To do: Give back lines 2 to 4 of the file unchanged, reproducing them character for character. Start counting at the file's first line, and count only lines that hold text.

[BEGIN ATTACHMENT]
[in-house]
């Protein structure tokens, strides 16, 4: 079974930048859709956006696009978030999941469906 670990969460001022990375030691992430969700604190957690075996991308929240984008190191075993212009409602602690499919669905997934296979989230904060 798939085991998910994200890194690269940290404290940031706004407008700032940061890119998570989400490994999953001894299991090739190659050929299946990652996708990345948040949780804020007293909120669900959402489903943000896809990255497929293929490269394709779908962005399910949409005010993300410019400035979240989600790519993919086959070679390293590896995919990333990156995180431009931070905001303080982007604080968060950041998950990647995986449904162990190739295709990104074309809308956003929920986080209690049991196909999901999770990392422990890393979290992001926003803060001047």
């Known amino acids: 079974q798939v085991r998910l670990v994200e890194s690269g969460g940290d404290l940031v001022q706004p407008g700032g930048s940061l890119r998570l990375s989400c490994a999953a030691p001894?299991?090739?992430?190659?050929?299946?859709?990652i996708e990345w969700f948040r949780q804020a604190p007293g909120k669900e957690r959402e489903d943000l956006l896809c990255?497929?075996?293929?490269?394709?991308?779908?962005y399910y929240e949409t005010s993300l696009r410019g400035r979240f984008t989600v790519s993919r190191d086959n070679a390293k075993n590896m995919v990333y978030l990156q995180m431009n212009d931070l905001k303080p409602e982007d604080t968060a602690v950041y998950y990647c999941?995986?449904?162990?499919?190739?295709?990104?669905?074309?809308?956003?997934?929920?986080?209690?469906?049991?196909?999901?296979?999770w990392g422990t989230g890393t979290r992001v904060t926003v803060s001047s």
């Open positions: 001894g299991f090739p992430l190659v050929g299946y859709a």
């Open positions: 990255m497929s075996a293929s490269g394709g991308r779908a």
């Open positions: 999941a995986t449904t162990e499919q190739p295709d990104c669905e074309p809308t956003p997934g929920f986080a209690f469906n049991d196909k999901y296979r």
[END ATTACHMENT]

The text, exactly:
């Protein structure tokens, strides 16, 4: 079974930048859709956006696009978030999941469906 670990969460001022990375030691992430969700604190957690075996991308929240984008190191075993212009409602602690499919669905997934296979989230904060 798939085991998910994200890194690269940290404290940031706004407008700032940061890119998570989400490994999953001894299991090739190659050929299946990652996708990345948040949780804020007293909120669900959402489903943000896809990255497929293929490269394709779908962005399910949409005010993300410019400035979240989600790519993919086959070679390293590896995919990333990156995180431009931070905001303080982007604080968060950041998950990647995986449904162990190739295709990104074309809308956003929920986080209690049991196909999901999770990392422990890393979290992001926003803060001047």
């Known amino acids: 079974q798939v085991r998910l670990v994200e890194s690269g969460g940290d404290l940031v001022q706004p407008g700032g930048s940061l890119r998570l990375s989400c490994a999953a030691p001894?299991?090739?992430?190659?050929?299946?859709?990652i996708e990345w969700f948040r949780q804020a604190p007293g909120k669900e957690r959402e489903d943000l956006l896809c990255?497929?075996?293929?490269?394709?991308?779908?962005y399910y929240e949409t005010s993300l696009r410019g400035r979240f984008t989600v790519s993919r190191d086959n070679a390293k075993n590896m995919v990333y978030l990156q995180m431009n212009d931070l905001k303080p409602e982007d604080t968060a602690v950041y998950y990647c999941?995986?449904?162990?499919?190739?295709?990104?669905?074309?809308?956003?997934?929920?986080?209690?469906?049991?196909?999901?296979?999770w990392g422990t989230g890393t979290r992001v904060t926003v803060s001047s």
């Open positions: 001894g299991f090739p992430l190659v050929g299946y859709a």